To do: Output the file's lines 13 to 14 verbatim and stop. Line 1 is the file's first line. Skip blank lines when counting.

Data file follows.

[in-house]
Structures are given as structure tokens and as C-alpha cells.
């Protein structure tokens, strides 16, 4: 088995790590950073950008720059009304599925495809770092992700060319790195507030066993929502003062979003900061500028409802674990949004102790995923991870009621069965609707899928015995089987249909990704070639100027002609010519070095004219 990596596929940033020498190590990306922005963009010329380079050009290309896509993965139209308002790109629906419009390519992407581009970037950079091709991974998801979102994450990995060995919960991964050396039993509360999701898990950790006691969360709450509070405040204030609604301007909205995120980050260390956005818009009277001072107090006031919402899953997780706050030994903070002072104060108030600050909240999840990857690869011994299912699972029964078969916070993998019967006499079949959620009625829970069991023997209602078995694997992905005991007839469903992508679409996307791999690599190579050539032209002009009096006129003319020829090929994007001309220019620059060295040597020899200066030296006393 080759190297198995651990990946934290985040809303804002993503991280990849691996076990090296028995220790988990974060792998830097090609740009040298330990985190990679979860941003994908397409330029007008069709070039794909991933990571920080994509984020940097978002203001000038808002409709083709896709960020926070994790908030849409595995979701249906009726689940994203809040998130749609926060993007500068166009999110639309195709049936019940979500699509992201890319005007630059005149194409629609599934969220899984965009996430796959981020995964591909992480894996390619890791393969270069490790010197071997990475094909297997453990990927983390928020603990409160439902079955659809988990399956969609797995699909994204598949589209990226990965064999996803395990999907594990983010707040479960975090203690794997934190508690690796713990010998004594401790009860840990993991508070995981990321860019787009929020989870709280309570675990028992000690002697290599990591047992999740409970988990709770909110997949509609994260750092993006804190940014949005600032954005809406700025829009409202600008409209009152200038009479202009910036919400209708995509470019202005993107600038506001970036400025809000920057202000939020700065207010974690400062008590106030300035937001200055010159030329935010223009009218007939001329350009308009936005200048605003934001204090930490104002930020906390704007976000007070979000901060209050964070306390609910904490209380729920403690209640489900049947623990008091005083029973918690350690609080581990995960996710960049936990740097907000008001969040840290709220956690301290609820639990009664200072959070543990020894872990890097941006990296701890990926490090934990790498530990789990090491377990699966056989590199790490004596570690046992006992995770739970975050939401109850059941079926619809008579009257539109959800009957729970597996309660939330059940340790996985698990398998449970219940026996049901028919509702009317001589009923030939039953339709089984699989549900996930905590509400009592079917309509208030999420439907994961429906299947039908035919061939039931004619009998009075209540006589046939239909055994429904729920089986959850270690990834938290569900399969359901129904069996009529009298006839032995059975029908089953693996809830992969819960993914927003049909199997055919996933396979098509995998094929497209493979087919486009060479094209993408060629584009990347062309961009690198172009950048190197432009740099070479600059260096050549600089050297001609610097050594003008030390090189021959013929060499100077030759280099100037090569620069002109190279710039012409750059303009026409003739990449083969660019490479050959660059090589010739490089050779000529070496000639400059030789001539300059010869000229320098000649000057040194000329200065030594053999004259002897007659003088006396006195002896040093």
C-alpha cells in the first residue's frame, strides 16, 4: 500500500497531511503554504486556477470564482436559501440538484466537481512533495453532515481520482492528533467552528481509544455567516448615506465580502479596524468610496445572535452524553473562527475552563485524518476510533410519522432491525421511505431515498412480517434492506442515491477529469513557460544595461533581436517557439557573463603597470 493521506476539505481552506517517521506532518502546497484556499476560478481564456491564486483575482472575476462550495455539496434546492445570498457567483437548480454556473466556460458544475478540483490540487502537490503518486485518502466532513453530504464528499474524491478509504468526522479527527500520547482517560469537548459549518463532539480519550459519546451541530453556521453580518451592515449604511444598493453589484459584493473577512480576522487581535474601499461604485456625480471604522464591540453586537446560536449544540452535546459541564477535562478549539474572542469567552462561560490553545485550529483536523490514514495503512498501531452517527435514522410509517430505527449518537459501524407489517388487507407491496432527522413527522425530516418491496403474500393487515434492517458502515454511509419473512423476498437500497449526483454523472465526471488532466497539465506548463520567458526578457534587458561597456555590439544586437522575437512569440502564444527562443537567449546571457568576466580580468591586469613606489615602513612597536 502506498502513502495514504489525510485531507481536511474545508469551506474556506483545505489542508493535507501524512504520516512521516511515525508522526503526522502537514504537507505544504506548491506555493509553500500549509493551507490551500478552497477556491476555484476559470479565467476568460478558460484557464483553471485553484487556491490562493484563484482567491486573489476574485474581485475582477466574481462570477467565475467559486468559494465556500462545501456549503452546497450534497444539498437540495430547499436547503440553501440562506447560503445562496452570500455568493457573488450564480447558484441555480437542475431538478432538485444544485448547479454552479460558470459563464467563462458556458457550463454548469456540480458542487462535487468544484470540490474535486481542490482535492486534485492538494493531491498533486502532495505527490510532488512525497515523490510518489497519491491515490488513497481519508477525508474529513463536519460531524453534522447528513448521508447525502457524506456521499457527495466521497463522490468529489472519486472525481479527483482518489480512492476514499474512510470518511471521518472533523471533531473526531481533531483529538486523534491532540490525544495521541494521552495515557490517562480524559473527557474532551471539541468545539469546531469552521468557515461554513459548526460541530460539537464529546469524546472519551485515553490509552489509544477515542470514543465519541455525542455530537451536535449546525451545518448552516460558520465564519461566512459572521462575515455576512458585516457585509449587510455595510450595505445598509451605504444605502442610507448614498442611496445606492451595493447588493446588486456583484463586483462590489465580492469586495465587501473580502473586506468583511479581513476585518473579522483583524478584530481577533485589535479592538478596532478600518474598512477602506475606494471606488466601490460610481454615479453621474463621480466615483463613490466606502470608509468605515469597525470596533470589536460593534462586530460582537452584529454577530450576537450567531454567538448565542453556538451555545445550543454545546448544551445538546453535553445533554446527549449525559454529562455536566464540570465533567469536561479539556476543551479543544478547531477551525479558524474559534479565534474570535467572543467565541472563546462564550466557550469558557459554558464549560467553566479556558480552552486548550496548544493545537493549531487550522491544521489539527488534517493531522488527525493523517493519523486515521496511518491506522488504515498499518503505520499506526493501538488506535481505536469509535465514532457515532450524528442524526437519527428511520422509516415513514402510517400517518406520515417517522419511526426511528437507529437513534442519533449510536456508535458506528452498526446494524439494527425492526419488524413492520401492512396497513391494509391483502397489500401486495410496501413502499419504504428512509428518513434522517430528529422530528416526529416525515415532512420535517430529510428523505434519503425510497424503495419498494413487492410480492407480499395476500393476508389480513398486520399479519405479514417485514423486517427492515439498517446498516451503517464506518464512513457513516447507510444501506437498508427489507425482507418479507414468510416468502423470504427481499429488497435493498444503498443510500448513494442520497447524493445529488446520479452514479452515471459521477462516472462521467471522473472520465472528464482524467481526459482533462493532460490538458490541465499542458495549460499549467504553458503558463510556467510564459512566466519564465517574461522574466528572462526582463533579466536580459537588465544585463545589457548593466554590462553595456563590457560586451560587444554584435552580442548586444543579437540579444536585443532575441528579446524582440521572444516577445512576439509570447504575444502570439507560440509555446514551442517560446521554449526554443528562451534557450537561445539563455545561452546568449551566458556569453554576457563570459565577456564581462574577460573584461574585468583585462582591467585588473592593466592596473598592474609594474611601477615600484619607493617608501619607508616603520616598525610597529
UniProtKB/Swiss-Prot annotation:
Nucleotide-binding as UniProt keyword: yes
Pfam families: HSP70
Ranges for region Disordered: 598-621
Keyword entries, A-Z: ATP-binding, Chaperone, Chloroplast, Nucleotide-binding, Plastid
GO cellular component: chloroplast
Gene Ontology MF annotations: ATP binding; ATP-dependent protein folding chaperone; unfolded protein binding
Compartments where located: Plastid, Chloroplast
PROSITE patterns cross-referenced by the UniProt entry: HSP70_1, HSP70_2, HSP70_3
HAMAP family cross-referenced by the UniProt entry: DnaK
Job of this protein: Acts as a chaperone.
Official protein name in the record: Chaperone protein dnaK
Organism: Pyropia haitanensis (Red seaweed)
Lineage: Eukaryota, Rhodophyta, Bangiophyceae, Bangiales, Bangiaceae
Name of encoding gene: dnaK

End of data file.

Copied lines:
PROSITE patterns cross-referenced by the UniProt entry: HSP70_1, HSP70_2, HSP70_3
HAMAP family cross-referenced by the UniProt entry: DnaK